Nevertheless, since the mid-1970’s, distinguished scholars – including historians of science and cultural historians – have been producing groundbreaking studies illuminating in detail the context in which Freud was working, and the sequence of steps by which he arrived at the central ideas and methods of psychoanalysis. Taking the results of all these studies together, we now have an accurate and nuanced picture of Freud as a scientific investigator and therapeutic innovator, and of the actual process through which psychoanalysis was created.
The aim of ‘Introducing Freud’ is to revisit Freud’s most important writings – bringing to bear on our critical examination of his texts the results of the last 40 years of Freud scholarship. We will also take into account the major critiques of Freud’s work advanced in the last 70 years – for example, the feminist critique of Freud and the positivist critique of the scientific status of psychoanalysis – as well as exploring the important changes in our view of Freud brought about by advances in psychoanalysis itself.
Each session of the course will focus on selected passages from Freud’s writings (all the readings are taken from ‘The Freud Reader’ edited by Peter Gay), with the aim of enabling students to familiarise (or re-familiarise) themselves directly with his ideas, while clarifying the import of his most important concepts and theories, as well as his approach to the practice of psychoanalysis. This will provide the basis on which to evaluate the most recent scholarship devoted to the re-assessment of his achievements – and the current state of play in the principal debates surrounding his legacy.
We will place Freud’s writings accurately in their historical context – while also bringing into focus the relevance of his work to debates that are taking place at the present time.
The course will be accessible to beginners – but is also designed for those already familiar with Freud’s work who wish to acquaint themselves with the results of the latest research and scholarship and update themselves on the intellectual issues and controversies surrounding it.
£130 - £190
What would Sigmund Freud have thought about Islamic State?
- 26 September 2018 7-8:30pm
Islamic State is seen primarily through a political lens: the psychological motivation of such groups is poorly understood.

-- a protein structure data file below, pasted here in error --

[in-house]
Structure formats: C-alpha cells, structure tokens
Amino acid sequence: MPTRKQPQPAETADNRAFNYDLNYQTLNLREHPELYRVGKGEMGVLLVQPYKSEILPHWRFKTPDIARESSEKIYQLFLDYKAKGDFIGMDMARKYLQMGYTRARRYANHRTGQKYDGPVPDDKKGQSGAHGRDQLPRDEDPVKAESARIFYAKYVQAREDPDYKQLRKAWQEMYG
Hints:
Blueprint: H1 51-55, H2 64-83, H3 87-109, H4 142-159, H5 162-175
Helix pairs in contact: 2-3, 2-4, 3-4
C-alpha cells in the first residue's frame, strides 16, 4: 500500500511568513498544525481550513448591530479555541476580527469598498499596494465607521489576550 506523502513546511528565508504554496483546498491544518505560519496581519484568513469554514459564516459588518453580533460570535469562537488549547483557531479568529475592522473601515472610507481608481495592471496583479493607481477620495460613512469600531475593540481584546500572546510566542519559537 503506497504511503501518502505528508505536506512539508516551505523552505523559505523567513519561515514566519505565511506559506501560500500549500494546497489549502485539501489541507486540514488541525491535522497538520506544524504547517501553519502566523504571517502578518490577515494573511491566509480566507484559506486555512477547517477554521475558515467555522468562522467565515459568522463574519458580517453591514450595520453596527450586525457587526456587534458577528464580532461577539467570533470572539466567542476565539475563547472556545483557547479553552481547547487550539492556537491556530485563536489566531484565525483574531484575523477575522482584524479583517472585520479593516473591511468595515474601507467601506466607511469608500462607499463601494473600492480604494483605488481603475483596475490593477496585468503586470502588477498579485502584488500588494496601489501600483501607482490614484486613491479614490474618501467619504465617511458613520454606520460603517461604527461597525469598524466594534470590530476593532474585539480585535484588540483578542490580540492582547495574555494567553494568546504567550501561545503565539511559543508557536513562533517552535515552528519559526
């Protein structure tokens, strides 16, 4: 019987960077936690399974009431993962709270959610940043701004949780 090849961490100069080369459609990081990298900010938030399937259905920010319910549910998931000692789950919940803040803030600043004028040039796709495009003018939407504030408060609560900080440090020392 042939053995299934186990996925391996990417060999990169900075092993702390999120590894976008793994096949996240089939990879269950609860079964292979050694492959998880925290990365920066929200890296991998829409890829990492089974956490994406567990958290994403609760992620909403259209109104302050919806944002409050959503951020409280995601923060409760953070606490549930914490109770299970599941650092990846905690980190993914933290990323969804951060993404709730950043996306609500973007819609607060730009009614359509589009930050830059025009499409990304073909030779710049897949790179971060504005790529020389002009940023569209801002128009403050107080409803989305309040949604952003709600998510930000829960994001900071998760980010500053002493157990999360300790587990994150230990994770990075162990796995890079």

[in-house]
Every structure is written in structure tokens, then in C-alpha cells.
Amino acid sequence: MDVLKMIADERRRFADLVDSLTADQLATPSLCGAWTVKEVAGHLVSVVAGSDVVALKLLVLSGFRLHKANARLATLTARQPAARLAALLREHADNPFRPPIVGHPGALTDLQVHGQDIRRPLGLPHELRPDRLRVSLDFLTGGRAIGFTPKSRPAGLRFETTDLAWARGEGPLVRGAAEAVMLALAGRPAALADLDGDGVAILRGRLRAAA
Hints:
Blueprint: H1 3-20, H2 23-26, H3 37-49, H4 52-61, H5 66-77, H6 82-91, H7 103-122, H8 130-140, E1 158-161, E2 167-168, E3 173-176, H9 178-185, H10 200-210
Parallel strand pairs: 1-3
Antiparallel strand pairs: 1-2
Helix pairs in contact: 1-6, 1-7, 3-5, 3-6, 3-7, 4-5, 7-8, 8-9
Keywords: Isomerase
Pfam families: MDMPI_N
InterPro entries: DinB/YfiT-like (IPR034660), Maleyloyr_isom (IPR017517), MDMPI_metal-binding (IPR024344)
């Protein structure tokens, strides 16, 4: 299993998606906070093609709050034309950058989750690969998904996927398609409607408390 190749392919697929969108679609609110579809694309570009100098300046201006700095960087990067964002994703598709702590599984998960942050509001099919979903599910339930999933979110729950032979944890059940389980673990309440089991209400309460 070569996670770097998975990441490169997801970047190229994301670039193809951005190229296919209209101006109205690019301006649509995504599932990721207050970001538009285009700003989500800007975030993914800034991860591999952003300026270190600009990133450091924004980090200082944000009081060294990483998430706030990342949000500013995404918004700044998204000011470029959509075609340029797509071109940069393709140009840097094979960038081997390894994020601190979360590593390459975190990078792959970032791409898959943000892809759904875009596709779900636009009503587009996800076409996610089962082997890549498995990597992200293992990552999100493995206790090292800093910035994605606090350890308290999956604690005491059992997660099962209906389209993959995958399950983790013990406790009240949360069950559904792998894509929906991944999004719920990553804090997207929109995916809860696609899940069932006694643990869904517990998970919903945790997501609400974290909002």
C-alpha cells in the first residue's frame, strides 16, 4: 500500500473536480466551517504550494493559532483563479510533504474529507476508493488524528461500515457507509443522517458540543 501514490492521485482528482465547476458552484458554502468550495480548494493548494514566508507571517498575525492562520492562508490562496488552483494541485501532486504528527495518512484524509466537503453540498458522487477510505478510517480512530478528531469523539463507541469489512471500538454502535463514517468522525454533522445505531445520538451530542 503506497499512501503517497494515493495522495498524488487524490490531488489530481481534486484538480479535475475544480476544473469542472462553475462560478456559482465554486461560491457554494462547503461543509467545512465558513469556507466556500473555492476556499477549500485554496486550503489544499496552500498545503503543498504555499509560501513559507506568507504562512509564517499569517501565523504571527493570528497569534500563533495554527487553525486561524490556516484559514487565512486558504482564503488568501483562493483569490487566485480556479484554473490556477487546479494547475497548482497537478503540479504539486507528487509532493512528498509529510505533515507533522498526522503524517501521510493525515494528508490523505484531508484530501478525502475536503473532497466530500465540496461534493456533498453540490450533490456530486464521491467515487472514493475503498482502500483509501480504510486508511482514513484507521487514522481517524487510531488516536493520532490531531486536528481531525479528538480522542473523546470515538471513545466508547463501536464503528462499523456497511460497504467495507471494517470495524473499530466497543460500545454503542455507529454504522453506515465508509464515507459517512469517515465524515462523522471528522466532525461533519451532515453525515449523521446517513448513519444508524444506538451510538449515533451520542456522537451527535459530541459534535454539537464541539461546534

But we need to ask the question, do the inner disquiets of Islam make more sense to the psychoanalytic thinking than to the imams?
But what would Sigmund Freud have thought about Islamic State? Can Freudian psychoanalysis offer insight into the radicalisation of group members and the effect this has on the wider society?
Gabrielle Rifkind is the author of The Psychology of Political Extremism: What would Sigmund Freud have thought about Islamic State? and will be in discussion with Brett Kahr on this subject, offering a psychoanalytic approach to one of the most pressing yet sensitive topics currently unfolding in the world today.
Sigmund Freud’s final years were also marked by the rise of sudden political extremism forcing him to flee his home in Vienna and seek refuge in London. To coincide with the Freud Museum London’s current exhibition Leaving Today: The Freuds in Exile 1938, this discussion will recall Freud’s own flight from Nazi persecution eighty years ago.
Gabrielle Rifkind is a practicing psychotherapist and group analyst, and a specialist in conflict resolution. She has spent the past two decades working in conflict resolution in the Middle East.
Brett Kahr is a Trustee of the Freud Museum and has worked in the mental health field for over thirty-five years. He is Senior Fellow at Tavistock Relationships at the Tavistock Institute of Medical Psychology in London and Consultant Psychotherapist at the Balint Consultancy.
Psychosis and Psychoanalysis
- 29 September 2018 9am-5pm
Is there a place for psychosis in psychoanalysis? Is there a place for psychoanalysis in psychosis?
The questions remain open, deserving further examination across history, politics, theory and technique.
Following the highly successful event held in March 2016 as a fundraiser for the Psychosis Therapy Project, this conference offers to have another look at the complex interface between psychosis and psychoanalysis.